Flashcards in Exam 1 - Adverse drug events / pharmacogenomics Deck (20):
Side effect vs toxicity reaction
Side effect = undesired effect, usually tolerated, reversible, and does related
Toxicity = cell/tissue damage, permanent, intolerable
Term for use of multiple medications in a given patient (over 5), includes excessive/unnecessary medications, usually in older adults.
polypharmacy (polyherbacy with herbs/supplements)
The FDA categorizes adverse drug effects according to what 2 categories?
1. Body system (body as a whole, cardio, respiratory, skin, special senses, hypersensitivities ect.)
2. Organ System
____ reaction to drugs in susceptible individuals can lead to classic allergic manifestations such as skin rash, asthmatic syndromes, rhinitis and anaphylaxis.
Hypersensitivity reactions - person must have a previous exposure to a drug to manifest later with an allergic reaction
Term for ability of drugs or other agents to cause defects in developing embryo -If therapeutic benefit outweights their risk then can still be prescribed.
Pregnancy risk categories A-D and X
A = controlled studies in pregnant women failed to demonstrate risk to fetus
B = Animal- reproduction studies have not demonstrated a fetal risk
C = Animal studies have revealed adverse effects on the fetus, but no data in humans exist
D - Positive evidence of human fetal risk, but the benefits to the mother may outweigh the risk
X= Studies show fetal abnormalities - Contraindicated
What sedative in the 1960s was used to relieve symptoms of morning sickness but is a teratogen because it causes seal arms in the baby?
Thalidomide (OK for AIDS patients suffering with mouth ulcers, multiple myeloma, and leprosy sores - still has therapeutic benefit)
Term for the study of genetic variability of drug effects
Differences in genetic sequences = ?
polymorphisms - influence drug pharmacokinetics and pharmacodynamics
What do "misspelled genes" do?
Encode differences in drug receptors or CYP metabolizing enzymes can create situations leading to drug adverse reactions or ineffectiveness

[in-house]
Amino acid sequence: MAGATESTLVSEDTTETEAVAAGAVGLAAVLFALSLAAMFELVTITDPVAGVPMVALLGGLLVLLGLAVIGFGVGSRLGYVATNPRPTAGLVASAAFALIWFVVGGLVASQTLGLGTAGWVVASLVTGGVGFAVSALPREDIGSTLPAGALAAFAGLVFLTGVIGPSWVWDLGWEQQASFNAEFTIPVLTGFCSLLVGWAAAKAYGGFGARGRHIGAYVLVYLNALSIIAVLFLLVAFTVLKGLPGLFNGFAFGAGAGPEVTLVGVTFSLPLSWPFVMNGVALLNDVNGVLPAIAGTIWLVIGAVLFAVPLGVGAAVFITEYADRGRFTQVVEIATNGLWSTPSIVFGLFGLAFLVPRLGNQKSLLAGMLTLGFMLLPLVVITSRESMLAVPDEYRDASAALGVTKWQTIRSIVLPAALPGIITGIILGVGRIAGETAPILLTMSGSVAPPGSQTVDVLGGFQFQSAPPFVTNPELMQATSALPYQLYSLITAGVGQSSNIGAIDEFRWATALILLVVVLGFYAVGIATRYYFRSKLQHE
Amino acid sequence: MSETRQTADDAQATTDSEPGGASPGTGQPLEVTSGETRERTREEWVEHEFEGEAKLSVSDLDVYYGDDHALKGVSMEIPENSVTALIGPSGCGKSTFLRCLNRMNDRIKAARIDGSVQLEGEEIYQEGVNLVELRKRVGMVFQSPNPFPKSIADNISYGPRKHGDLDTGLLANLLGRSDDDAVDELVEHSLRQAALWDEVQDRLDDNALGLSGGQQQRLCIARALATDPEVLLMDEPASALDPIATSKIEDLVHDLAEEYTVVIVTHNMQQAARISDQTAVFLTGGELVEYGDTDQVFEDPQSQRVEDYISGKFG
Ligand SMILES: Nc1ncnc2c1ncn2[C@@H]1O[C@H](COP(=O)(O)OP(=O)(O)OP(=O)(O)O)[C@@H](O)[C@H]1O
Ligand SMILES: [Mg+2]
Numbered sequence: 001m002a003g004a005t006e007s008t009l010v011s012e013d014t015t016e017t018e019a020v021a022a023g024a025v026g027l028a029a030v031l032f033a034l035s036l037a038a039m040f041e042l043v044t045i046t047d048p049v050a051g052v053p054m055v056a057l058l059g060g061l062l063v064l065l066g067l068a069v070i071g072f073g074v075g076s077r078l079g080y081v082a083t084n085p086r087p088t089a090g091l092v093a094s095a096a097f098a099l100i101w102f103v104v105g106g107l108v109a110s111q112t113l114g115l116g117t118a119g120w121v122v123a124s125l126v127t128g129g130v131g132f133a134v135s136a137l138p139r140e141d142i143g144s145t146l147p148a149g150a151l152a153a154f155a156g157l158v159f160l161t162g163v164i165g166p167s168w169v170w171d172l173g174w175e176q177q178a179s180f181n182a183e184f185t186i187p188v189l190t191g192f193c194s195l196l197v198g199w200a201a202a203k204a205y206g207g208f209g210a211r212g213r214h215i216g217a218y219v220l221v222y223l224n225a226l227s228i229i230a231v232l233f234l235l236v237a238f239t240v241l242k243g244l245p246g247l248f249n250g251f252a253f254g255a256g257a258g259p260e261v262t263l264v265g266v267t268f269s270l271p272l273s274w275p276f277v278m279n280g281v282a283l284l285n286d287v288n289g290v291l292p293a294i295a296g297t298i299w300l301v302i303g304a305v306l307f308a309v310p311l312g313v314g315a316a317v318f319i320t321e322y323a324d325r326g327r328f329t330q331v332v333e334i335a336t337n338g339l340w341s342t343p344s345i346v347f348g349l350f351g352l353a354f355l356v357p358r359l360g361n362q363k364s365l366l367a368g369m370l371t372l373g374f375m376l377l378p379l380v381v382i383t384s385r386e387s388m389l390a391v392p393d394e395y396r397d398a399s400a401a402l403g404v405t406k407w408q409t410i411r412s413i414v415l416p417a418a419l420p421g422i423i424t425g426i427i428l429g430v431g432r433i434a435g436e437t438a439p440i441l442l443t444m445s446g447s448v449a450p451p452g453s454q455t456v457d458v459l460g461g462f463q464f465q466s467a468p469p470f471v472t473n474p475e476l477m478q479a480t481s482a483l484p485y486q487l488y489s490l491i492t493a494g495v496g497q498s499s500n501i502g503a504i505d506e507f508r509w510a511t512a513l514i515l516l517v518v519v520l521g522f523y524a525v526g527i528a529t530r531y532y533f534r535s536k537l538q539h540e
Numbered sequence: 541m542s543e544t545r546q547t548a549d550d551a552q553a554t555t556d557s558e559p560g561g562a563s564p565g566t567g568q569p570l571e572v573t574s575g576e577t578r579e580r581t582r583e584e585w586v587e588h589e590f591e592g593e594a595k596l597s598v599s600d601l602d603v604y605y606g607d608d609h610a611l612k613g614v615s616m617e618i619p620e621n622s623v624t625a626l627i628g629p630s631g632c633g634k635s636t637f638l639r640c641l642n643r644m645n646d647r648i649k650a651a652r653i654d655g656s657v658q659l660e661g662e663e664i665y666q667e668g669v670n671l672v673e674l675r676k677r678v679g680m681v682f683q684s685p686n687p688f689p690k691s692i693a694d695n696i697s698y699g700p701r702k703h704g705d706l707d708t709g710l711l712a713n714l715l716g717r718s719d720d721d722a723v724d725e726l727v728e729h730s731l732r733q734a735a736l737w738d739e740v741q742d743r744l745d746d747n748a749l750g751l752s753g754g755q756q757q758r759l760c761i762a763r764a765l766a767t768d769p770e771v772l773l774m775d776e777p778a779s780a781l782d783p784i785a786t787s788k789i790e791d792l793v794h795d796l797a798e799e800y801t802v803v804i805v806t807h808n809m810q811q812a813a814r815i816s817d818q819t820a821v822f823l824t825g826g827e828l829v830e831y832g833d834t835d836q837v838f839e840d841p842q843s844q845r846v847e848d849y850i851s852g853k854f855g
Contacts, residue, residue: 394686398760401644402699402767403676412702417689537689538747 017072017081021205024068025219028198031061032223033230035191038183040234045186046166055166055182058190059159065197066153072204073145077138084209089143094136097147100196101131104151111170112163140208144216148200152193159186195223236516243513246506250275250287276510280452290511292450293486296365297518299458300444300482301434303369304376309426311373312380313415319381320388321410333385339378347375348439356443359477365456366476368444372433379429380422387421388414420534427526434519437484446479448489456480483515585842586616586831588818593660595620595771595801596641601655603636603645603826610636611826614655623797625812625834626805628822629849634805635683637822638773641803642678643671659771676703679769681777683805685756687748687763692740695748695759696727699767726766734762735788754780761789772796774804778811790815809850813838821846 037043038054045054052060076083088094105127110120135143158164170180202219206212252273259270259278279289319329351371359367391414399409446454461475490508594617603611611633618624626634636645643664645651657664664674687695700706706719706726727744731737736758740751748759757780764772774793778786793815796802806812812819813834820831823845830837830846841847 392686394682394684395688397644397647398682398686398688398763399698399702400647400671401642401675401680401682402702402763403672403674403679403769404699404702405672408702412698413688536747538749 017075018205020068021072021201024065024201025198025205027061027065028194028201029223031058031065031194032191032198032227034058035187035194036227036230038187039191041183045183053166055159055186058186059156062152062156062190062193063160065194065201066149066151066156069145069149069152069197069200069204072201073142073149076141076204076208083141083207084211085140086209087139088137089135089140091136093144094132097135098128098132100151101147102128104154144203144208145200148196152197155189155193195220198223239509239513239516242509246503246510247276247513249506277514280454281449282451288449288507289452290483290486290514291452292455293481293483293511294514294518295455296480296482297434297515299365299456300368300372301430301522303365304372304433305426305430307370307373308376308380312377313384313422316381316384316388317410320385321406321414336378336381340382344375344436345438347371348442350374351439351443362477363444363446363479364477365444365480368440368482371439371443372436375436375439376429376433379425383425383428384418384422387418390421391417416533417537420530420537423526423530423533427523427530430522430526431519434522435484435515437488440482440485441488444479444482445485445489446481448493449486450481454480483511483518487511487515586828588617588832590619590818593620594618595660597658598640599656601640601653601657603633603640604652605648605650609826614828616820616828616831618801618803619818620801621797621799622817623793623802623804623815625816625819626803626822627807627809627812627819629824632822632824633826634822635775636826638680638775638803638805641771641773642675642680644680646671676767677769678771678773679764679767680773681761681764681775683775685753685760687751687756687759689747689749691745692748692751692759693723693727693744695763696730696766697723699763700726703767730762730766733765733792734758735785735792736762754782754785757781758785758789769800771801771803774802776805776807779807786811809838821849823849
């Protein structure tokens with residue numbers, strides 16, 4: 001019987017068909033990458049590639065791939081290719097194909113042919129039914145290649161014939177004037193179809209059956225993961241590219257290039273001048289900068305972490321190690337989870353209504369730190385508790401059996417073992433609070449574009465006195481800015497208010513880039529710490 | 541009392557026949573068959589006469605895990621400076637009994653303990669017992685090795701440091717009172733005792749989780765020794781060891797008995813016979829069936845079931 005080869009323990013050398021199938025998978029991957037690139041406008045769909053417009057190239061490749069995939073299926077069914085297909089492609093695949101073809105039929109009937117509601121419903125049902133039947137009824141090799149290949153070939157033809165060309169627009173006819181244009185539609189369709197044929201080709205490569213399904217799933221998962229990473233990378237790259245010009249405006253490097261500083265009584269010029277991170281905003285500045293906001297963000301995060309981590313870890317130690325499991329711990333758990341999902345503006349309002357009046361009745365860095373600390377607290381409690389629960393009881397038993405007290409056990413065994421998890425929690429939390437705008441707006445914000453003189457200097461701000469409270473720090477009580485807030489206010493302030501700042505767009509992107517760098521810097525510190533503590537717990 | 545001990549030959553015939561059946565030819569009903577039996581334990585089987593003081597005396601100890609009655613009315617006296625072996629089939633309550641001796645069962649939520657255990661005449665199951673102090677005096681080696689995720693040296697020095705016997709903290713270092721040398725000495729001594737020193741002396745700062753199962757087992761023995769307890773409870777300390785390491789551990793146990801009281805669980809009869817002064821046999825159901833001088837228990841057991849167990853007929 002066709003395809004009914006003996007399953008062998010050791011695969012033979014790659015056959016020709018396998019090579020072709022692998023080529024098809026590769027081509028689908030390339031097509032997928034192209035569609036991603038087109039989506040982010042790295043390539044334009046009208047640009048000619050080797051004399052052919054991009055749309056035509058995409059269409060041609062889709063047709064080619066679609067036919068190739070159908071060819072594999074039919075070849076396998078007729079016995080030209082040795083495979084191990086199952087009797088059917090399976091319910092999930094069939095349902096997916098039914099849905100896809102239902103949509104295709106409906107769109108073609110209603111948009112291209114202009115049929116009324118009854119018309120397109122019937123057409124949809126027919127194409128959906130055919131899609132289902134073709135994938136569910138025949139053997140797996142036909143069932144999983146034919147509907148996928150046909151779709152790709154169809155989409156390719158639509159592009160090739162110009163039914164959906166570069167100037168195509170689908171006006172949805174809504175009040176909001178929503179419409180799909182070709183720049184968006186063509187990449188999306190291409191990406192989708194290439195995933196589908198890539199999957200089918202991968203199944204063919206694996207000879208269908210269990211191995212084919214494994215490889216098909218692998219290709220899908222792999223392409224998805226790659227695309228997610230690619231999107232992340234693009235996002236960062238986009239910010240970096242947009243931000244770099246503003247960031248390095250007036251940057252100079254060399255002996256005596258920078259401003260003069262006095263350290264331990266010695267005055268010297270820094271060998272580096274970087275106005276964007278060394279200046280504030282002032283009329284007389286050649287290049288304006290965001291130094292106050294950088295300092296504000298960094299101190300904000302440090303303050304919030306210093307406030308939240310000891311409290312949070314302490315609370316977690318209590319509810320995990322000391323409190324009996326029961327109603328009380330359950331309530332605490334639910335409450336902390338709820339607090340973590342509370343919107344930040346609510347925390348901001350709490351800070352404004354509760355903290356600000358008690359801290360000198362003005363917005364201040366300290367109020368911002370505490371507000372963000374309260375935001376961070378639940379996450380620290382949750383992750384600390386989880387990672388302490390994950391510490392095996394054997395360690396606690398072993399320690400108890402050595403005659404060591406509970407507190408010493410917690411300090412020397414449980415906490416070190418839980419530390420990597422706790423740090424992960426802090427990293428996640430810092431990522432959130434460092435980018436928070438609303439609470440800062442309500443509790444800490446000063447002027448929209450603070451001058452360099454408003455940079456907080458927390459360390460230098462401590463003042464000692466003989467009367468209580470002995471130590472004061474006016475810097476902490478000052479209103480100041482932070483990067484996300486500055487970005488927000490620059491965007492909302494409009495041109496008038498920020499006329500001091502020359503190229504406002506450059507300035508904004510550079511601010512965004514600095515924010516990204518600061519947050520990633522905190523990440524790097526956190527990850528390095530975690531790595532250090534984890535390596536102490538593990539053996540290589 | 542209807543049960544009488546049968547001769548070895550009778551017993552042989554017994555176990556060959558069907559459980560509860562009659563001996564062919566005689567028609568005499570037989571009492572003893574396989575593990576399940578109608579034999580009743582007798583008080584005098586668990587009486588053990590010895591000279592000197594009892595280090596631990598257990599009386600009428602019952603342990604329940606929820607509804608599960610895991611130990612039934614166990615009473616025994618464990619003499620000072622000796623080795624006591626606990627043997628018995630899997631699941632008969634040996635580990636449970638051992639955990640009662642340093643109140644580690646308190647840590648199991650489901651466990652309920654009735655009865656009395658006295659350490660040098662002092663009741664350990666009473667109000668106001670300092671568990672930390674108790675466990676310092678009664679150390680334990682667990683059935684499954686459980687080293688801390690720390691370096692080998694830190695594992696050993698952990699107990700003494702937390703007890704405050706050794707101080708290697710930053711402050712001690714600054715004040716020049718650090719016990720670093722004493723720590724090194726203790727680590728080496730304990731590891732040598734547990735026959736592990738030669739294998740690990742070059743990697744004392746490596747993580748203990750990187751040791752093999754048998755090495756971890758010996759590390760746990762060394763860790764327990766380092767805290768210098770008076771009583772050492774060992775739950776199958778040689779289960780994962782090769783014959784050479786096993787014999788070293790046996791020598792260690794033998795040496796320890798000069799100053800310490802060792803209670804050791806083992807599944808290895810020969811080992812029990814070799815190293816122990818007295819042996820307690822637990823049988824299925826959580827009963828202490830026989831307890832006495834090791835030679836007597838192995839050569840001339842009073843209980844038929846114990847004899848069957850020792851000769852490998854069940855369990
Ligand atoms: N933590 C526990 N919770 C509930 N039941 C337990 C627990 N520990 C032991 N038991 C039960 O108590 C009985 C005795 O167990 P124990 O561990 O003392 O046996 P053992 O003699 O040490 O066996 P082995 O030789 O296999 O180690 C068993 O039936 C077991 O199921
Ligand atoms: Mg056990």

Term defined as the range of responses per dose. An individual may require a higher/lower dose to produce the desired effect
A greater than normal reaction to a drug?
Response of the patient to the drug is qualitatively different from the usual or expected response
Increasing amounts of drug are required to produce a consistent effect seen with addiction
A rapid development of tolerance after administration of only a few doses.
When 2 or more drugs are taken at the same time by a patient, the resultant effect may often be different from the effects produced by each drug when given alone. ?
In someone with liver disease, drug metabolism is reduced. How should the dose of medications change?
Dose should be reduced (example of how the pathological state can influence effectiveness/safety of drugs)
In pediatrics, what 4 things should you know about drug dosage?
1. Many drugs use same/similar dose in children and adults
2. Children have increased membrane permeability, drugs absorbed more quickly
3. Dose determined by manufacturer
4. Dose based on weight
What 9 things are important to remember about normal elderly when giving medication?
1. Less binding capacity
2. decreased absorption due to increased stomach acid
3. Decreased liver metabolism (more active drug)
4. Decreased renal function
5. Decreased lean body mass
6. Decreased total body water
7. decreased plasma proteins
8. Increased body fat (drug storage)
9. GIVE LOWER DOSE